The value of a business is not directly determined by its historic performance. Instead, investors are more interested in the economic benefits the business will generate in the future. Past performance is only relevant to the extent that it demonstrates trends and is expected to continue going forward. This forward-looking approach applies whether an appraiser uses the cost, market or income approaches.
When using past results to predict future performance, historic financial statements may need to be adjusted for nonrecurring, noneconomic or other unusual items to normalize cash flows. These normalizing adjustments eliminate anomalies and facilitate comparisons with benchmarks and guideline companies.
In addition, some financial statement adjustments -- also known as control or discretionary adjustments -- are made to estimate future economic benefits on a control basis.
Financial statement adjustments are an important part of the valuation process. Some reasons valuators make these adjustments include:
These adjustments are hypothetical in nature. They aren't intended to restate results or forecast future performance in accordance with GAAP or guidelines of the American Institute of Certified Public Accountants. Instead, valuators base these adjustments on their professional judgment to get a clearer picture of the subject company's future anticipated economic benefits.
Failure to develop the appropriate normalizing adjustments may result in a significant overstatement or understatement of value.
To illustrate, suppose an appraiser estimates a value of $1 million by capitalizing next year's expected cash flows of $200,000 using a cap rate of 20 percent ($200,000 divided by 20 percent equals $1 million).
In this case, each dollar of normalizing adjustments equates to a $5 change in value. If an appraiser increases expected cash flows by $50,000 to account for a nonrecurring loss, the hypothetical company's value would increase by 25 percent to $1.25 million. So, seemingly small normalizing adjustments can have a big impact on value.
Not all adjustments are obvious from a cursory review of the subject company's financial statements. So, the process of developing adjustments requires diligence on the part of the appraiser. Documents requested and procedures undertaken to quantify these adjustments include:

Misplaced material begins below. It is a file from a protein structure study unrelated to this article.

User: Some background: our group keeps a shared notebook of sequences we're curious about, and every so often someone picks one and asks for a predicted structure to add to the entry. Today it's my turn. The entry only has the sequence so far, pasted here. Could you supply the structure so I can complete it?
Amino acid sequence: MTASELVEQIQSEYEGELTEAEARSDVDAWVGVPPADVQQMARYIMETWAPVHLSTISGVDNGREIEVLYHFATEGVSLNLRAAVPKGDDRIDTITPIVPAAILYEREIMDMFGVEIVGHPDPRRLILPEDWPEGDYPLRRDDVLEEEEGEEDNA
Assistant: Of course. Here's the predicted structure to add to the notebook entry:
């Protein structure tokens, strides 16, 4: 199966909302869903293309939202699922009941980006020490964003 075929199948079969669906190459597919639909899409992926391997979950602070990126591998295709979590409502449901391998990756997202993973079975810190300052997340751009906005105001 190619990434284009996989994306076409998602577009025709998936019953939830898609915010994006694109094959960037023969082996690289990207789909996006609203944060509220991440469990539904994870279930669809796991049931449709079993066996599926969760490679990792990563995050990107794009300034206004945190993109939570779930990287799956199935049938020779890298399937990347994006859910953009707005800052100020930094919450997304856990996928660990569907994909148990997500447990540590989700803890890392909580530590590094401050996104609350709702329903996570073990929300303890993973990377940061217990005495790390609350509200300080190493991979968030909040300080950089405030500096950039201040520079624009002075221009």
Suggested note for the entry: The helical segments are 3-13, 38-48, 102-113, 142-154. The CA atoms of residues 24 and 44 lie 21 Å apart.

Normalized adjustments do more than help valuators predict future economic benefits. They also provide valuable insight that appraisers use to form a more complete picture of the subject company and its potential risks.
Enhanced insight helps valuators select discount, capitalization and growth rates, as well as identify non-operating assets (and liabilities) to add to (or subtract from) a preliminary value conclusion. This exercise is also helpful when deciding on the appropriate capital structure or valuation discounts that apply to the business interest.
Valuing a private business interest is a complex process that includes many interrelated steps. The process of determining normalizing adjustments creates a foundation that valuators draw on throughout the appraisal process.
Appraisers make many different kinds of financial statement adjustments when valuing a business. Which ones are necessary depend on the unique characteristics of the subject company, the appropriate standard of value, and the purpose of the appraisal.The primary categories of normalizing adjustments include:
Investors without control cannot force the same changes as controlling owners. So, appraisers make an important distinction between financial statement adjustments available to a controlling owner and those changes that a minority owner can expect.
Control adjustments, such as modifying dividend policy, capital structure or related party transactions, are only appropriate when valuing a controlling interest -- or if management is expected to make these changes in the normal course of business.
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